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An Anthropology of the MachineTokyo's Commuter Train Network$
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Michael Fisch

Print publication date: 2018

Print ISBN-13: 9780226558417

Published to Chicago Scholarship Online: January 2019

DOI: 10.7208/chicago/9780226558691.001.0001

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Operation without Capacity

Operation without Capacity

Chapter:
(p.79) Three Operation without Capacity
Source:
An Anthropology of the Machine
Author(s):

Michael Fisch

Publisher:
University of Chicago Press
DOI:10.7208/chicago/9780226558691.003.0004

Chapter three interrogates the technicity of Tokyo’s commuter train network following the development in the 1980s of a new control technology that transforms it into a self-organizing infrastructure. The discussion questions the specific ethical value produced via the technicity of the new technology and at the same time offers critical reflection on the concept of technicity in general as a metric for techno-ethics. The new technology, it is shown, ostensibly improves the technicity of the network by reshaping its organizational schema to allow it to accommodate operational irregularities as part of its regular emergent order. The result is an infrastructure that distills the fundamental infrastructural contradiction of the contemporary era by virtue of the corollary it produces between extreme infrastructure and extreme capitalism. Tracing the emergence of this new corollary in a series of crises of capacity beginning in the late 1960s, the discussion in the chapter moves to critique the way in which agile corporate capitalism has been able to deftly maneuver in recent decades to colonize the conceptual interventions of machine thinking.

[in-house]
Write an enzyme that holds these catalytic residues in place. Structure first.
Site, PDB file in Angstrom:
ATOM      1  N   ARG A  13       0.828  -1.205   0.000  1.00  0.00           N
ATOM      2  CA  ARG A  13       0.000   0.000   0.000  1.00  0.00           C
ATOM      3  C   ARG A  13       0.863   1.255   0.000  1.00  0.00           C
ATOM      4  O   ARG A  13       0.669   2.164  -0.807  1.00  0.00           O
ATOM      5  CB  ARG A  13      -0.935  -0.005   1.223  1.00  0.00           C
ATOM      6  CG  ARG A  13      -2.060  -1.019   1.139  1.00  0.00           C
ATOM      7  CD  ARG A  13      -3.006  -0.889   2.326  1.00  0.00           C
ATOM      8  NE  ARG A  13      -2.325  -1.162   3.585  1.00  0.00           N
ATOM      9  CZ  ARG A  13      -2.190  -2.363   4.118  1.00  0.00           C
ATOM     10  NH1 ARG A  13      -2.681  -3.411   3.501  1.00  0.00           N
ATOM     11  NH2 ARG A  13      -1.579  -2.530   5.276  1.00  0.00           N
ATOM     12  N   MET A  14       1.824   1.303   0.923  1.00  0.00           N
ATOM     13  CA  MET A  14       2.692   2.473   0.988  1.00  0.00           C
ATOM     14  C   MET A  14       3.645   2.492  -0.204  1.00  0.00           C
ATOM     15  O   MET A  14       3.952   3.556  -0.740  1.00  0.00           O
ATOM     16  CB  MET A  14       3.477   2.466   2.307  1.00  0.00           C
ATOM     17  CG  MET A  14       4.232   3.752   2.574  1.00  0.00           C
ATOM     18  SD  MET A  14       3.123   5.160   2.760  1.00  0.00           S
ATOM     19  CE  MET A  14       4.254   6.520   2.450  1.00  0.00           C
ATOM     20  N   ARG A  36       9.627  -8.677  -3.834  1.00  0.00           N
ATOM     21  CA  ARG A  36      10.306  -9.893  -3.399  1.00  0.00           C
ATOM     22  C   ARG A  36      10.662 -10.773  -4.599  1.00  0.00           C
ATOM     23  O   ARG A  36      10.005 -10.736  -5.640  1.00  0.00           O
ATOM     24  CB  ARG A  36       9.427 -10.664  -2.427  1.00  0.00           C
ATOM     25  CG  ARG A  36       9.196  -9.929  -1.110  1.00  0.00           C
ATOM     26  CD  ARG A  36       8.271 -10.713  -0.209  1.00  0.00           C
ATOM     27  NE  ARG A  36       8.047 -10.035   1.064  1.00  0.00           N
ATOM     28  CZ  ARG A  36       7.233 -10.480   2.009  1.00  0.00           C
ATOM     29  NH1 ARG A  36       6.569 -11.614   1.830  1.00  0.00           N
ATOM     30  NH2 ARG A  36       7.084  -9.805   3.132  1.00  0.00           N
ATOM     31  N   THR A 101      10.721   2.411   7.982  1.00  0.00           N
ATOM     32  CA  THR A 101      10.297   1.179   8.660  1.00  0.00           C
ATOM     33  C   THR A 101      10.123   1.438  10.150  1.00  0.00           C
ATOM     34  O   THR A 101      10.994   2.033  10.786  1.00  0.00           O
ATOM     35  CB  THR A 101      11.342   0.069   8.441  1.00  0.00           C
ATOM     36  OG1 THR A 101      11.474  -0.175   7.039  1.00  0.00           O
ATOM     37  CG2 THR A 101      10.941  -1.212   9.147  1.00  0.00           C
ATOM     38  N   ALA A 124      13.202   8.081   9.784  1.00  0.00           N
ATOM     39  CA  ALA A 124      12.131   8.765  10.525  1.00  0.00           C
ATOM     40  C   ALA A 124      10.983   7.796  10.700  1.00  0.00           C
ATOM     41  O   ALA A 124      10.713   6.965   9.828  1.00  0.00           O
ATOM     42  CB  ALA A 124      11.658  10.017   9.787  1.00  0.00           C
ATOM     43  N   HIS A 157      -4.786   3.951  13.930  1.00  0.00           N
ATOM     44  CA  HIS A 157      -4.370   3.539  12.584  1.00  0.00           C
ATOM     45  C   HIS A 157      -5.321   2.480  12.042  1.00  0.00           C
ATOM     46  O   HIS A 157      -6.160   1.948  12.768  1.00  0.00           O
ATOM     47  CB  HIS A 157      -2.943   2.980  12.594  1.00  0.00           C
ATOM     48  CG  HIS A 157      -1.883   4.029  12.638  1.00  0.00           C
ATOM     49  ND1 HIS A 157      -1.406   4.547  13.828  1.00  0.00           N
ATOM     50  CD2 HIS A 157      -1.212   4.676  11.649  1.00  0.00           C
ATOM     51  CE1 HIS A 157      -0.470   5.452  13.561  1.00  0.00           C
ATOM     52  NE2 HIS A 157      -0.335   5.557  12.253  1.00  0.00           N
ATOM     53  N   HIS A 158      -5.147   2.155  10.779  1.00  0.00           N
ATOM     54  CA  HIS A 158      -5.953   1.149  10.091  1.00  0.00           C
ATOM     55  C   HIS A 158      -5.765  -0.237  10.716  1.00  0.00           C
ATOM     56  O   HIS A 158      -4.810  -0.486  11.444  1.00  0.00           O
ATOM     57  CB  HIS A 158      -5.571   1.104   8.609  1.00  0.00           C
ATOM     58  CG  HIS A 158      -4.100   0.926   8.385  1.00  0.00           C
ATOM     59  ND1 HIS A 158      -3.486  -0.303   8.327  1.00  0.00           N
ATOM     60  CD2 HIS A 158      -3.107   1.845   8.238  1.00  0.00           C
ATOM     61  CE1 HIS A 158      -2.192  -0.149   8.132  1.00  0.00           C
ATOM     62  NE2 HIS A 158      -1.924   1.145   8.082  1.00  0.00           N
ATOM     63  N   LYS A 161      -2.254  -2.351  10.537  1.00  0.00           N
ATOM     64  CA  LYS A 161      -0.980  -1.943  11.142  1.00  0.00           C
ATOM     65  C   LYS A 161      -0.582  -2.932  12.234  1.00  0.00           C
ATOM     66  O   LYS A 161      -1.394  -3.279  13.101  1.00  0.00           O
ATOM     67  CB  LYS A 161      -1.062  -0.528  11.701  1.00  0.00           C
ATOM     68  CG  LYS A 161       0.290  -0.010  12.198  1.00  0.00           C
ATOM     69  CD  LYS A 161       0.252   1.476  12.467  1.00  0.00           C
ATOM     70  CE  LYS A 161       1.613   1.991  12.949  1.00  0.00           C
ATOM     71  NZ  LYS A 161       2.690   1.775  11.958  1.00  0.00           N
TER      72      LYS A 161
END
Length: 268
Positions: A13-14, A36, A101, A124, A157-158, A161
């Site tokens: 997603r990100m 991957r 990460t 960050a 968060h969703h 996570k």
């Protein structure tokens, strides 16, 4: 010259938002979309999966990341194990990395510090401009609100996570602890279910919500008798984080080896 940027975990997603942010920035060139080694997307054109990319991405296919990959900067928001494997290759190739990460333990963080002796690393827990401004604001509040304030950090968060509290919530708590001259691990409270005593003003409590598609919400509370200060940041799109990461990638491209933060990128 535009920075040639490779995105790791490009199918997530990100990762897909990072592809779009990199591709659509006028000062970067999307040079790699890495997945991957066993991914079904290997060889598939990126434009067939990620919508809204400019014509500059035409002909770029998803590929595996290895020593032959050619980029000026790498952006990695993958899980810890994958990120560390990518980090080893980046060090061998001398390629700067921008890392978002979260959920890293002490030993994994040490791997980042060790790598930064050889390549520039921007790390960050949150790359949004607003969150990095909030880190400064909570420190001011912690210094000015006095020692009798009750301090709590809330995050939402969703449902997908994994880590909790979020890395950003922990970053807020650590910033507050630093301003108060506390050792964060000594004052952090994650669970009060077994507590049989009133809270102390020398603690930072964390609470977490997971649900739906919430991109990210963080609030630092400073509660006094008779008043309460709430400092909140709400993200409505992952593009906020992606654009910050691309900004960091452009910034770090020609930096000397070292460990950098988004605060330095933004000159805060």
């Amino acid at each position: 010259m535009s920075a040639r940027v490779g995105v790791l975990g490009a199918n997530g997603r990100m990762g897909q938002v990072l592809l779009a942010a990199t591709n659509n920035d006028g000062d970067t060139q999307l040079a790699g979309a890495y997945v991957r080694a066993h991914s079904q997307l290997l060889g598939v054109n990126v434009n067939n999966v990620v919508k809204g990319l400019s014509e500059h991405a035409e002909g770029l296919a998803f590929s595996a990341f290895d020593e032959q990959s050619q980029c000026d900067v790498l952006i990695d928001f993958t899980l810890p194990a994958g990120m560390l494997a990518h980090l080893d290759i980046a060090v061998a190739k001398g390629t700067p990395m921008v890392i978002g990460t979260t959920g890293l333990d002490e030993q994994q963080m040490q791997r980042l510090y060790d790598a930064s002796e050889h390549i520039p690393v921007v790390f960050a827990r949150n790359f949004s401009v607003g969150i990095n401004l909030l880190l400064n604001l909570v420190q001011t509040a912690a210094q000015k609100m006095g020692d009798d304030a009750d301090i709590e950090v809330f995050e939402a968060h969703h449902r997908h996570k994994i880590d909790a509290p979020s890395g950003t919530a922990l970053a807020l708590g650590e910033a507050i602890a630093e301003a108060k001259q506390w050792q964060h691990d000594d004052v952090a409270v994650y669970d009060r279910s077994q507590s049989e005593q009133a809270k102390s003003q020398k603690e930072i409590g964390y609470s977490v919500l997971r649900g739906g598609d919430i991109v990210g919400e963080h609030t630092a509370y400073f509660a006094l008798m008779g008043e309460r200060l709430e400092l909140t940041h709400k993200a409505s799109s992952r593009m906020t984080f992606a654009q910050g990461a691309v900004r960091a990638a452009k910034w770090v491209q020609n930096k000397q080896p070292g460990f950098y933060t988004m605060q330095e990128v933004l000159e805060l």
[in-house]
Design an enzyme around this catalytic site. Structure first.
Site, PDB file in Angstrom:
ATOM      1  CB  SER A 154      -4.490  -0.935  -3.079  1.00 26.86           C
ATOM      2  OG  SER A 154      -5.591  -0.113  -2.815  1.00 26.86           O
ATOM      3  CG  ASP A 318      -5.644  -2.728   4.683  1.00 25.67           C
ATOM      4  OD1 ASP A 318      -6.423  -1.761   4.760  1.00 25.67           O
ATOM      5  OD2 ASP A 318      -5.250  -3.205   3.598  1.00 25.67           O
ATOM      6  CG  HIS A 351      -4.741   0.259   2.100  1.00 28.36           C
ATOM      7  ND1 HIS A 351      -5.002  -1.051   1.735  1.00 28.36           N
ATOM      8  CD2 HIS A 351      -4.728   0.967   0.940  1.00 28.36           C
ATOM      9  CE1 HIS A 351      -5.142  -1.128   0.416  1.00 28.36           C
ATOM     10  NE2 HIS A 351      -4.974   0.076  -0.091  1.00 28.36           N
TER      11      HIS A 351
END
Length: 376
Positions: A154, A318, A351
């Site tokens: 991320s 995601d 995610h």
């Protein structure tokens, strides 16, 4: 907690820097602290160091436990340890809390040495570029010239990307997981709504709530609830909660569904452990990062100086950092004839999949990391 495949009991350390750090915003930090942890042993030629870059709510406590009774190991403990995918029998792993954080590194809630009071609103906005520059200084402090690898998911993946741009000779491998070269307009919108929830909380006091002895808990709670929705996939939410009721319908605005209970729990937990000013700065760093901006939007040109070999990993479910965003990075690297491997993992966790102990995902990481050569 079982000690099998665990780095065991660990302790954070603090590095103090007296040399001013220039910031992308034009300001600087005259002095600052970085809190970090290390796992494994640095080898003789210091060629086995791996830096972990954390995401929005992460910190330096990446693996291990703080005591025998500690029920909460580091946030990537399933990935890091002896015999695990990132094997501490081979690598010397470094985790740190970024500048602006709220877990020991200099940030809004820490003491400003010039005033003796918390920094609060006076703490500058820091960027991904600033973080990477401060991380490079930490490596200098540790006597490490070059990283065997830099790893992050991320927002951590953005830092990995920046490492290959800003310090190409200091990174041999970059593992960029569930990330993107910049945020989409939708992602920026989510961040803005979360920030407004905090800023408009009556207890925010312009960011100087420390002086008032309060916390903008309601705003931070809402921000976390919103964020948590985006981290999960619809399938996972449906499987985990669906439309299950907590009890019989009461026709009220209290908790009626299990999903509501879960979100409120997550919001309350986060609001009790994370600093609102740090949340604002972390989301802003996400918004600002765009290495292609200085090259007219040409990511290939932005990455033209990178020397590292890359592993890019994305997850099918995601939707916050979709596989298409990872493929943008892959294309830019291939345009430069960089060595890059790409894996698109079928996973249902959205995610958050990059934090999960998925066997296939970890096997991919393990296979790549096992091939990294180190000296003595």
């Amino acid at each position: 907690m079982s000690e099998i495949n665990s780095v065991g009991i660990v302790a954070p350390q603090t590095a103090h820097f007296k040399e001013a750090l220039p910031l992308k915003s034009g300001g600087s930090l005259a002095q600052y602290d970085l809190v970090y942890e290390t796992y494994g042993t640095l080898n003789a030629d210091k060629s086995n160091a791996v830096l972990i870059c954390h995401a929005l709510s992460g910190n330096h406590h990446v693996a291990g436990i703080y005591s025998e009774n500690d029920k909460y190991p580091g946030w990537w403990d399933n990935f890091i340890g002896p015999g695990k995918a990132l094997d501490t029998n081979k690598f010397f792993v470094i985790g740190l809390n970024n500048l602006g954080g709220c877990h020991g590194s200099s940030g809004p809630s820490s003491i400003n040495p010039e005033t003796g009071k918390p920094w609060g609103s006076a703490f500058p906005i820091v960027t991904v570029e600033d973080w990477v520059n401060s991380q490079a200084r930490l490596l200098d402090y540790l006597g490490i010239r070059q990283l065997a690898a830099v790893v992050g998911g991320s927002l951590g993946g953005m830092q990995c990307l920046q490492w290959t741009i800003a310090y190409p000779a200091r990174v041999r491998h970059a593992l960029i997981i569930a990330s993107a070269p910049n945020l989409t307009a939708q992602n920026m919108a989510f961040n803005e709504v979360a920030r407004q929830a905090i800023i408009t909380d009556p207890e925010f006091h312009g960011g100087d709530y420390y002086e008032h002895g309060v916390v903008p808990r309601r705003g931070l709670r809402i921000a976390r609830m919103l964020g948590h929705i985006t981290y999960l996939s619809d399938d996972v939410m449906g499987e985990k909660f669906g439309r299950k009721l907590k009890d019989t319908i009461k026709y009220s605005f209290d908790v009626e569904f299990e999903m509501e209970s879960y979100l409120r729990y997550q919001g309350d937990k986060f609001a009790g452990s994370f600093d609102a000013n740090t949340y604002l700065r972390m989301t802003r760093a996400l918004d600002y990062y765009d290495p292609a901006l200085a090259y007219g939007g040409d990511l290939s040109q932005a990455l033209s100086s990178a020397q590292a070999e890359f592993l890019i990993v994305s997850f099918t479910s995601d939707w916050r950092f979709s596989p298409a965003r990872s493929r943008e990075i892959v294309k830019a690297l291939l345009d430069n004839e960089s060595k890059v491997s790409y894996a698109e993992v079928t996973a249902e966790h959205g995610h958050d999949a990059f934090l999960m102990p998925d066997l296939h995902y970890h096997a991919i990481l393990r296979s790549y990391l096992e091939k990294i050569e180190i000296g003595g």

Keywords:   Capitalism, Emergence, Resilience

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